Muslim communities in Germany have called for more police protection after the arrest of members of a right-wing extremist group that is believed to have been plotting large-scale attacks on mosques around the country.
Twelve men who were arrested following police raids on Friday had been planning attacks using semi-automatic weapons on worshippers during prayers in 10 German states, said to have been inspired by those carried out in New Zealand last year, according to a government spokesman. Investigators had been following the men for months, monitoring their conversations and online activity, after suspecting them of having formed a terror group.
They eavesdropped on a meeting in North Rhine-Westphalia earlier this month in which the alleged ringleader, 53-year-old Werner S, outlined the group’s concrete plans for “commandos” to attack Muslims in small communities across the country.
Two of the men were elected to acquire weapons, and all members were expected to contribute towards a €50,000 (£42,000) fund to finance the operation. German prosecutors spoke of the planned attacks as “mosque massacres” inspired by the attacks on two mosques in Christchurch, New Zealand, in spring 2019, in which 51 people were killed by a gunman. According to the men’s discussions, the attacks were intended to provoke revenge attacks and to evolve into a civil war, authorities said. Four of the arrested men are being treated as suspected terrorists, eight as accomplices, including an administrative police clerk.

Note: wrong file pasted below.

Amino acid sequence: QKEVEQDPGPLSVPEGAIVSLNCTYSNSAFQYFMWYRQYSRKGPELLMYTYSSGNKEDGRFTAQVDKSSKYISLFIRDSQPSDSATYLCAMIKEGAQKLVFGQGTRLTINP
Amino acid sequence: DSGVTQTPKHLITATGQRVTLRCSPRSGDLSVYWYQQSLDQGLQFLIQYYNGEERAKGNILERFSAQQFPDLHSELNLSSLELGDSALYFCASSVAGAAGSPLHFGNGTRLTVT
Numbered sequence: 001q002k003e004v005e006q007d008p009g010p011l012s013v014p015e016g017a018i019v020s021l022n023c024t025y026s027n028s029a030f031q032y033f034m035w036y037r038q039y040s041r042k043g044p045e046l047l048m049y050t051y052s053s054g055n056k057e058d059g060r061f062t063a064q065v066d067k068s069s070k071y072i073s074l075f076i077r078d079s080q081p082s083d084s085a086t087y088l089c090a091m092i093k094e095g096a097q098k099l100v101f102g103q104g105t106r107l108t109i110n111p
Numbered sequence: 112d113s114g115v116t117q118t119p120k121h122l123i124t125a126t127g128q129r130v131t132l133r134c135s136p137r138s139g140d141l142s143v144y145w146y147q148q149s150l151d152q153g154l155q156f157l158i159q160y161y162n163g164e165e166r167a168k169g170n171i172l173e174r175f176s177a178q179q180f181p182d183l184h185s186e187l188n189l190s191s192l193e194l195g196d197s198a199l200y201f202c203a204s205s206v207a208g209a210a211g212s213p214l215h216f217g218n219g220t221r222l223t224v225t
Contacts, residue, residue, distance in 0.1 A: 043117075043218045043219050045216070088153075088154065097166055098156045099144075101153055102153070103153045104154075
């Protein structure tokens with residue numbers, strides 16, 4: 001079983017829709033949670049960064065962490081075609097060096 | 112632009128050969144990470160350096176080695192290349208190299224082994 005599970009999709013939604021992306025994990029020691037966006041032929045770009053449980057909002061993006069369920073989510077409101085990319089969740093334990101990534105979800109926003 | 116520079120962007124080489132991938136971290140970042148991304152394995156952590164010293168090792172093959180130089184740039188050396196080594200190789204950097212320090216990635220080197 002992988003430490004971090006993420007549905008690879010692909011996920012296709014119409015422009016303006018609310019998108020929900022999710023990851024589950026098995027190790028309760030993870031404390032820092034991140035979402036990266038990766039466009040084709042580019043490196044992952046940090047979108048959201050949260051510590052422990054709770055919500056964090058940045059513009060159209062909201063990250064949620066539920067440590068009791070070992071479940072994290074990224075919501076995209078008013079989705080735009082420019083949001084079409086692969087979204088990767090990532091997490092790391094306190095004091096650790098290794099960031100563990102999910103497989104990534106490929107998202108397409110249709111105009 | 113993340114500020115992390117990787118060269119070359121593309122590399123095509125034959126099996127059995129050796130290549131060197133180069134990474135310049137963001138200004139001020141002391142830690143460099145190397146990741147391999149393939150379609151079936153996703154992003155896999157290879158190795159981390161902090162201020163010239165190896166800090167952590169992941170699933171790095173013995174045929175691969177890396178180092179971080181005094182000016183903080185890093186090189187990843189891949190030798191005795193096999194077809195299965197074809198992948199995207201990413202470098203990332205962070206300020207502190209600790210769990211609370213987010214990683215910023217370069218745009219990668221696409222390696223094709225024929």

Angela Merkel’s spokesman, Steffen Seibert, insisted the government was committed to protecting religious groups.
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